The Paul Revere article by Kieran Healy was really fun to read, the authors style was different from anyone else’s and he basically prided himself in not knowing anything about Paul Revere except what he was able to extract from the data. The author also explains what relational matter is her methods of collecting data and that shows the links between people and Paul Revere. It was interesting seeing all the connections that linked back to him and I think Kieran Healy is saying that it’s data can help the understanding of history and vice versa but they will still need each other to have a genuine understanding of what you’re looking at. A really cool article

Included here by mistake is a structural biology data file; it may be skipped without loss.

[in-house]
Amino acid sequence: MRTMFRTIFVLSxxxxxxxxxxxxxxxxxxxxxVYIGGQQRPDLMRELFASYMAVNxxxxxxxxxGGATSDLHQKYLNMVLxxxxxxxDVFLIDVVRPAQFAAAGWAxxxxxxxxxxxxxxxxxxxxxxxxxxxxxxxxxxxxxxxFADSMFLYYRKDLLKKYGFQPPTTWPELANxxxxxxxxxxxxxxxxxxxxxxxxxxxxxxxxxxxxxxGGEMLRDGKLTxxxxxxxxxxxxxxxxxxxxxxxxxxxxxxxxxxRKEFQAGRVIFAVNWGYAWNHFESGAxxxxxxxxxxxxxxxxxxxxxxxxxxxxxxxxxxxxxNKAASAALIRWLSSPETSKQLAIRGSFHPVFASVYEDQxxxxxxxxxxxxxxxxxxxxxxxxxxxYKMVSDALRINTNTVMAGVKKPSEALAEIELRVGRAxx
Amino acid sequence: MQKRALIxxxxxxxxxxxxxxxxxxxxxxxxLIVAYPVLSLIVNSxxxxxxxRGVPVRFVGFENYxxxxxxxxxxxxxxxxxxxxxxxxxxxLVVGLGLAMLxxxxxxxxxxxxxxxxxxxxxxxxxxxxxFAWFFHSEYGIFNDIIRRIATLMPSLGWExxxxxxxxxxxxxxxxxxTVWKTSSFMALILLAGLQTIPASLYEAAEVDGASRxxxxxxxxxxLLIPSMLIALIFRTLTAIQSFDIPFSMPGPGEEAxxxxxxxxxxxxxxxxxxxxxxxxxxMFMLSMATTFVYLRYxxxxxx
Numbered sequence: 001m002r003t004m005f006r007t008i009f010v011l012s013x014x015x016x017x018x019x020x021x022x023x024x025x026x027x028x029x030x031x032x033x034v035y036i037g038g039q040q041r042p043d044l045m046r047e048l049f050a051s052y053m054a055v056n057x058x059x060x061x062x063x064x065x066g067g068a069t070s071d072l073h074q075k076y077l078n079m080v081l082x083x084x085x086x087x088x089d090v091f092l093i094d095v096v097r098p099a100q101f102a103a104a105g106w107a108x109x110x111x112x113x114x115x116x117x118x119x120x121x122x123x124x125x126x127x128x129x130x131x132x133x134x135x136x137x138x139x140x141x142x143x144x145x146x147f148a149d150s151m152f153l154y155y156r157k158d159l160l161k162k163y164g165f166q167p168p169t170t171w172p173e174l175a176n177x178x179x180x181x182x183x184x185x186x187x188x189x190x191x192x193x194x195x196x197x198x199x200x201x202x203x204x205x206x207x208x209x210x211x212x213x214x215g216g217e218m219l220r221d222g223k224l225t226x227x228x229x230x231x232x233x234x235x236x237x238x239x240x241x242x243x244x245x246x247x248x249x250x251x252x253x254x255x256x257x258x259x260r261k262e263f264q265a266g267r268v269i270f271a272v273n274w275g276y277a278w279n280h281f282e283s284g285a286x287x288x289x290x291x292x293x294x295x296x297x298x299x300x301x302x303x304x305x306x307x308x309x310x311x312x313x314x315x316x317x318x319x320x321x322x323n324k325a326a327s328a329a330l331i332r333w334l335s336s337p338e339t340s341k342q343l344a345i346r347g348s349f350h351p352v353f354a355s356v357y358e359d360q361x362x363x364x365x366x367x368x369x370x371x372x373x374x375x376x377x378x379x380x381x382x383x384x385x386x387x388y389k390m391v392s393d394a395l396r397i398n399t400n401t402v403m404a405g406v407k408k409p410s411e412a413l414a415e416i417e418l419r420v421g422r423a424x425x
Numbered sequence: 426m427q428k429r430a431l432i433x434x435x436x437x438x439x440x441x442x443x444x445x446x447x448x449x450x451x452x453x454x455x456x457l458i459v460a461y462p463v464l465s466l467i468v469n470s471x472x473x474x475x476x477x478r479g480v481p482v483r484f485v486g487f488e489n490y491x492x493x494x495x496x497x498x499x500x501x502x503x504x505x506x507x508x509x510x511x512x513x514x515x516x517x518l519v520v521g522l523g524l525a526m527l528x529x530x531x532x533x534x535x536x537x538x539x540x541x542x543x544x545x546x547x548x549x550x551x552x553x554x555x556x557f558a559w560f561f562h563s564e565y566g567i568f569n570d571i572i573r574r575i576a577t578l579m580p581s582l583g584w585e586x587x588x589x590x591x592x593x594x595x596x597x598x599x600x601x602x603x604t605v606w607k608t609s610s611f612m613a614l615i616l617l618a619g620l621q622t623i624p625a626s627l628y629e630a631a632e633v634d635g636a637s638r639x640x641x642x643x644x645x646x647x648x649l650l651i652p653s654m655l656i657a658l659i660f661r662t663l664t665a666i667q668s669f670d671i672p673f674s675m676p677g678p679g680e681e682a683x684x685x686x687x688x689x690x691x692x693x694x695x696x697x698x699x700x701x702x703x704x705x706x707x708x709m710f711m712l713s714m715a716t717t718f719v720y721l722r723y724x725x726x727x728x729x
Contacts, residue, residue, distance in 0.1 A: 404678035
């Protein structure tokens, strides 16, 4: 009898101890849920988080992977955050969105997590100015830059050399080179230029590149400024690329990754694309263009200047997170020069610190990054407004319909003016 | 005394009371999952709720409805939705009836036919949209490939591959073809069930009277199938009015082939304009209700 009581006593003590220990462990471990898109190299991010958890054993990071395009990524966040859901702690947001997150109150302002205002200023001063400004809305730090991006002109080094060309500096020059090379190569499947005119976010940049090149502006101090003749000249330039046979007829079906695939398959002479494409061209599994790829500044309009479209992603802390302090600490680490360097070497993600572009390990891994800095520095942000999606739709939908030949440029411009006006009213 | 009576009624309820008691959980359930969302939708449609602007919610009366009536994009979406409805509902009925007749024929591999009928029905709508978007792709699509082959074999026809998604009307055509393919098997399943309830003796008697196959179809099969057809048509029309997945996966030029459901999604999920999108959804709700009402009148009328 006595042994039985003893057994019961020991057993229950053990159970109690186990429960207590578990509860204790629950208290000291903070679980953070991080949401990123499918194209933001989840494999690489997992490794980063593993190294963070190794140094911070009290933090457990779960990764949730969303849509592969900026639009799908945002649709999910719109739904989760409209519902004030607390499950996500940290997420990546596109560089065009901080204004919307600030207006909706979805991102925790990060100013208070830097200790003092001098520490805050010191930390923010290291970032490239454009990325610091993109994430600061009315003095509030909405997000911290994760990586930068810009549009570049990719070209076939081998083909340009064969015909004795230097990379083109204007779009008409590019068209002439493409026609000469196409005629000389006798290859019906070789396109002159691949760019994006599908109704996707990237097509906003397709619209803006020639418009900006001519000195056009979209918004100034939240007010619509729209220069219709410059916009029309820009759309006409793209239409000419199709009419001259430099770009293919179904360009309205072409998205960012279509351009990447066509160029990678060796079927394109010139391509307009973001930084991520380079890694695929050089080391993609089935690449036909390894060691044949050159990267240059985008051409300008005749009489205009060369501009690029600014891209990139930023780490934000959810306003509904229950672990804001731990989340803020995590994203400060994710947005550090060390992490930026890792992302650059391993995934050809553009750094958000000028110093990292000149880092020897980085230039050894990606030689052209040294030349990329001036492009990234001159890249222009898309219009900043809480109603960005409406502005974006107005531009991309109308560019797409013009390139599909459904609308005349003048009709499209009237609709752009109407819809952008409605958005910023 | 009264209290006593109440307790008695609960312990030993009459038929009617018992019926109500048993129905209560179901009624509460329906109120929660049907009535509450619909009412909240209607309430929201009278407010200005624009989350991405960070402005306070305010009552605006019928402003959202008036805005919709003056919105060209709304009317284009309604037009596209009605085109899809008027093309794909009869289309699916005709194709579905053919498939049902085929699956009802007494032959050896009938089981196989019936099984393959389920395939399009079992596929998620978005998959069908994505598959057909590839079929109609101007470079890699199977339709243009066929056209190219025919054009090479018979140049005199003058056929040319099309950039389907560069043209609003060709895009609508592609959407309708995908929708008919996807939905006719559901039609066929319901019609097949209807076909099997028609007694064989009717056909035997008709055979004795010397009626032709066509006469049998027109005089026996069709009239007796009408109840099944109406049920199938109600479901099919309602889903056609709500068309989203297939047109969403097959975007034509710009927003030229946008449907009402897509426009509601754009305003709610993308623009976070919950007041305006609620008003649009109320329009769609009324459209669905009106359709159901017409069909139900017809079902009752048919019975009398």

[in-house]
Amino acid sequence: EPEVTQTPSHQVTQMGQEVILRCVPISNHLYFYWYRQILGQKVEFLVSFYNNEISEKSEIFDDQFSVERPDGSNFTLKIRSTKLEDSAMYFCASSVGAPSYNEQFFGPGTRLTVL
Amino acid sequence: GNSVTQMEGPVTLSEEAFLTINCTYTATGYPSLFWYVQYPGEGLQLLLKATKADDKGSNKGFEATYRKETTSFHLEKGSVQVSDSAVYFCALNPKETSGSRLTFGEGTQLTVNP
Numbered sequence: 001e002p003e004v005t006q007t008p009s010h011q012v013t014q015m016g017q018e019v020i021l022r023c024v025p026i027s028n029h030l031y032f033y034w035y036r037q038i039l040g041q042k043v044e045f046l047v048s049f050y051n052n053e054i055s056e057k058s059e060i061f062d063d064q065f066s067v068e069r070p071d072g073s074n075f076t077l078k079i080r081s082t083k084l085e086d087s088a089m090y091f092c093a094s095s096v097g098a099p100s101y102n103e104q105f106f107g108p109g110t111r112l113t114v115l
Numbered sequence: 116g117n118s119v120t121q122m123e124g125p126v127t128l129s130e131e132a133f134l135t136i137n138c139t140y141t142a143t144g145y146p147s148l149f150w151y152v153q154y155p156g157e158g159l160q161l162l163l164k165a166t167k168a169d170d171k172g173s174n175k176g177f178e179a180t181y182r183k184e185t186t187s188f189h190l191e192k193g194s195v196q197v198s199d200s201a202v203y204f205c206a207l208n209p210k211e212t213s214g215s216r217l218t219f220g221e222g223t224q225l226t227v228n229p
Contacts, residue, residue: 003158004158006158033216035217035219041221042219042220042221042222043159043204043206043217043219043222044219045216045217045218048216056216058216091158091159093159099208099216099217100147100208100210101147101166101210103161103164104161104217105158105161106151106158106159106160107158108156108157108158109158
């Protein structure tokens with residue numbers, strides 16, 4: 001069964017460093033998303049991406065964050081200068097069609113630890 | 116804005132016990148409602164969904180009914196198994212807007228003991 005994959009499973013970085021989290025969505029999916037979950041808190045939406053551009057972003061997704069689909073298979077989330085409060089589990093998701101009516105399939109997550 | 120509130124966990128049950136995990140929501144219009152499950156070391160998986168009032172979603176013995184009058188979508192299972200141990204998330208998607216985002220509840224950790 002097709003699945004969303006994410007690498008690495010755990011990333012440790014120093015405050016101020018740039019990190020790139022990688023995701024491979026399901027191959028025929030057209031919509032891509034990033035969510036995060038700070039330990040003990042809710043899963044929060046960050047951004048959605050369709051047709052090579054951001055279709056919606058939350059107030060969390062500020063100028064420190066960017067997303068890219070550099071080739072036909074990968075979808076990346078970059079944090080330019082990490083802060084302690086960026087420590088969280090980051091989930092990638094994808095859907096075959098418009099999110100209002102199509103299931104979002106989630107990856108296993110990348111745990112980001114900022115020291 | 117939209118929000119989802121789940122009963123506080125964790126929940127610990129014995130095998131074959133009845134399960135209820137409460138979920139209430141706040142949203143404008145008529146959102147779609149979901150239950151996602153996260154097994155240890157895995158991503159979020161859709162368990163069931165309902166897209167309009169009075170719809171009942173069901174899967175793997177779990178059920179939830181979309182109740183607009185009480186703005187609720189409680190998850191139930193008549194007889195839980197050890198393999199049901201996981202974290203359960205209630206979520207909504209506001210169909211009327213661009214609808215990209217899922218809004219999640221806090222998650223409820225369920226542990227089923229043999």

I found on metadata this week also has to do with traveling and messages being sent. Author Neal Ungerleider says, “metadata in twitter posts lets readers in on your geographic location, the language you speak, the phone you use, and more. They’re also a mapmaker’s best friend.” He was able to distinguish who was a local and who was a tourist and then map out who went where. As someone who lived in New York for five years, I never once went to the statue of liberty, and on the map one can see that it is a huge tourist hot spot. Its kind of weird how you really don’t have to have any pre-conceived notions to collect data. You can know nothing, like Healy claims and then discover a wealth of knowledge or at least facts that might help lead to some sort of conclusion. It’s a lot like science where you can have a hypothesis and then look for results (data) and then compare what you found out. The last paragraph of the Paul Revere article does mention the power of data could be used to control people and that data could become like a “weapon.” I feel like that is something we should definitely watch out and it’s kind of how ads try their best to find an extremely specific target market. With social network analysis come great responsibilities I guess you could say. If you can find connections and common themes such as the amount of people who visited with a single person (Paul Revere) then you can also find out things like Ungerleider did when he mapped out where different languages are spoken just based of Twitter. While some of it may seem obvious, like Chinese being heavily used in Chinatown, it can also illuminate things that where not being observed before which is why digital humanities is so cool. You get to look at the world in a new way which is what Healy is trying to show us.